“Rises” simply fails to deliver that. At least not in any satisfying way. The all-important “victory moment” over Bane should be no one else but Batman’s to claim, and yet he is pretty much robbed of it. You could argue he already had that moment earlier in their showdown, but as far as I’m concerned the fight wasn’t over. If anything, in a pivotal development both sides suffer a serious disadvantage, so they’re evenly matched at that point. I’m still pissed off thinking about the missed opportunity. Adding insult to injury, all this comes after a revelation that severely diminishes Bane as the powerful character he was made out to be.
There is a positive flip-side to this. The fact that I got so annoyed goes to show how well Bane was built up as the antagonist. I think Nolan made a very smart choice to go with a more physical villain this round, and it’s not just to avoid comparisons with Heath’s Ledger’s Joker (though that’s a futile exercise). The Bane that Nolan and Tom Hardy have put on screen is the living expression of Blunt Force Trauma. In their epic first encounter, you can feel the weight of inevitability bearing down on Batman. You already know he’s not just going to lose, he is going to be utterly broken. How many fistfights can you think of where you genuinely fear for the hero’s life? So kudos to the cast and crew for giving us such a nail-bitingly intense fight scene.
Hardy is a good part of the reason why Bane is so frightening. The guy’s got tonnes of screen presence and even behind a mask that restricts most of his facial expressions, Hardy finds interesting ways around it. The look in Bane’s eyes and the tone of his voice never quite match, and that’s by design. That audio-visual disjoint puts you on an uneasy edge with this guy. I also like the booming, metallic quality of his voice. It’s pretty cool, even if it invites Darth Vader jokes.
Batman himself is well-handled by Christian Bale as always, even if he starts off the film on too sombre a note. There’s a grounded, lived-in quality to Bale’s performance, a sure sign of an actor truly embracing his character. Bale has publicly admitted how hard it was to say goodbye to the role and it shows. His is THE definitive Batman/Bruce Wayne, and will continue to be so for a long time.
The supporting cast are a mixed bag, with Anne Hathaway being the biggest surprise for me. Her Catwoman is sexy, unpredictable and charming, though her romance with Batman feels somewhat forced. Joseph Gordon-Levitt is fine, if slightly safe in his portrayal of the earnest, determined cop John Blake. A bit more fire in his performance would’ve served the character better. Morgan Freeman and Gary Oldman are sadly shortchanged by the script, and their characters come off far less engaging than before. And I wasn’t particularly impressed by Marion Cotillard either.
In stark contrast, we have Michael Caine’s butler Alfred Pennyworth. Watching him in “Rises” it suddenly dawned on me: Alfred is the heart and soul of the film and I’d argue, the entire trilogy. He has been Bruce’s unwavering moral compass through his darkest hours. The only reward he asks is not to suffer the pain of burying yet another member of the Wayne family. When Alfred finally breaks down, his famous English reserve completely failing him, it is truly heartwrenching to witness. Caine plays it so beautifully raw. I’m hard-pressed to name any other acting showcase this year that moved me as much as this one.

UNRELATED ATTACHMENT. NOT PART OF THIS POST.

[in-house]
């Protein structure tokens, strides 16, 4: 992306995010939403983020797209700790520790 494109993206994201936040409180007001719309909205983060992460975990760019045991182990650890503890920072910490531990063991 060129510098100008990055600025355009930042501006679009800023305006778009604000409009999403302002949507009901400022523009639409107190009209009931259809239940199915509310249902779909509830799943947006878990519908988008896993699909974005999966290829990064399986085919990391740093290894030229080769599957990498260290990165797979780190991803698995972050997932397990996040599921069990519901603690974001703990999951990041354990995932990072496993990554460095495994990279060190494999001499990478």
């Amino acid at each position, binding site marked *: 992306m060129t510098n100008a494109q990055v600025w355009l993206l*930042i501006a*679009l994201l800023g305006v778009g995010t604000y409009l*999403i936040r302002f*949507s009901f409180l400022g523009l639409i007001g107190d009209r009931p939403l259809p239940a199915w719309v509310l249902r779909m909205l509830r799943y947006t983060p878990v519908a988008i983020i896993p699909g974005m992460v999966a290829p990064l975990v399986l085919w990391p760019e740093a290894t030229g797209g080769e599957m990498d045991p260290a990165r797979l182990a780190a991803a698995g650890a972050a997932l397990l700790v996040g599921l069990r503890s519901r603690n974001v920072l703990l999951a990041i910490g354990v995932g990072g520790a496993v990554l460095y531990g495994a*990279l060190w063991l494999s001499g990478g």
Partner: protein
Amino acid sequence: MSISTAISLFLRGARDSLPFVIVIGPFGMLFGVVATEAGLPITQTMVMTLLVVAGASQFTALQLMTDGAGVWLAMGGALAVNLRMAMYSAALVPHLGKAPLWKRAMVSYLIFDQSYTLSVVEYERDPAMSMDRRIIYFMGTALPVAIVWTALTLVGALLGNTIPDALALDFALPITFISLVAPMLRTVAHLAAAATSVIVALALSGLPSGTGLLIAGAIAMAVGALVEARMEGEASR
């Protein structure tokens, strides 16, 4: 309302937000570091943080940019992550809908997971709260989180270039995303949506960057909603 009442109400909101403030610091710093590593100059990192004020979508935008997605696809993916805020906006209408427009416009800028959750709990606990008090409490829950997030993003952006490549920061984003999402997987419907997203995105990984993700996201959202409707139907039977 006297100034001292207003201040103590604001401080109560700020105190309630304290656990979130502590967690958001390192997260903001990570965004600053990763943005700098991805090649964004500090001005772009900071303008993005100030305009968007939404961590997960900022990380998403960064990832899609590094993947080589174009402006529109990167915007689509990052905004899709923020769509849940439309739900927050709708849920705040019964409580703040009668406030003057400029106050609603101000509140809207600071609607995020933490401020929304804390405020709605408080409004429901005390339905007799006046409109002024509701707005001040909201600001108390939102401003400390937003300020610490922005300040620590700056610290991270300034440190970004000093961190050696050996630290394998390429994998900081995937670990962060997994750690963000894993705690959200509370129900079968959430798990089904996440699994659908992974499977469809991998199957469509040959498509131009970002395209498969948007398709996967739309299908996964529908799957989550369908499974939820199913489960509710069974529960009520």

There are other things to savour. Wally Pfister’s cinematography is suitably grandiose, and on a giant IMAX screen the visuals are breathtaking. He really does do a lot of justice to Nolan’s vision, since the director has gone all-out here to put pure spectacle on the big screen. There’s just something gloriously old-fashioned about Nolan’s style, using a sea of real extras where others would resort to digital stand-ins, or going as wide as his lens can possibly allow to capture the scope and magnitude of a scene. Cecil B. DeMille would be proud.
Gadget freaks won’t be let down, as the Batpod (my favourite vehicle in the Nolanverse) gets a lot of screen time, with a few new tricks up its axle. And while the Caped Crusader’s new ride The Bat may not be the most photogenic, it moves and sounds awesome. I would’ve liked to have seen more use of Batman’s EMP Gun, though.
One of the biggest stars of this show is the Hans Zimmer score. Even when the action isn’t as exciting as it should be, or when film fails to connect on a thematic or narrative level, the music is there to make you FEEL. It’s easily among the most emotive, dynamic movie soundtracks I’ve heard in a while. I hear an Oscar nod in the distance…
Each of the Batman films features a central theme, with “Batman Begins” dealing with fear, and “The Dark Knight” addressing anarchy. “Rises” is about death, both in a literal and figurative sense. It is about finality and the end of things. It’s Nolan’s way of putting his final stamp on the saga and by bringing it back full circle to his previous films, conclusively finishing it up. Unfortunately, death as a theme has unwittingly become even more overt due to a recent real-world event: the tragic cinema shooting in Colorado where 12 people lost their lives. In a morbid way, it sort of lends extra poignancy to the ending.
Of course, with a title like “The Dark Knight Rises” Nolan is also talking about rebirth, or resurrection. So the finale is filled with the promise of new things, the resurgence of hope, and the rewarding of an old man’s faith. The ending is wonderfully rousing and almost single-handedly neutralises all the major grievances I have with the rest of the film. Almost.
I still feel “Rises” is for the large part a frustrating, overstuffed and (occasionally) clumsily-handled affair. Nolan made some shockingly poor decisions story and character-wise. And yet, the film’s many flaws are quite evenly balanced by its virtues. This also means that on the whole, it’s missed the chance to be great and has to settle for merely being kinda, sorta okay.
Now please don’t kill me for saying that.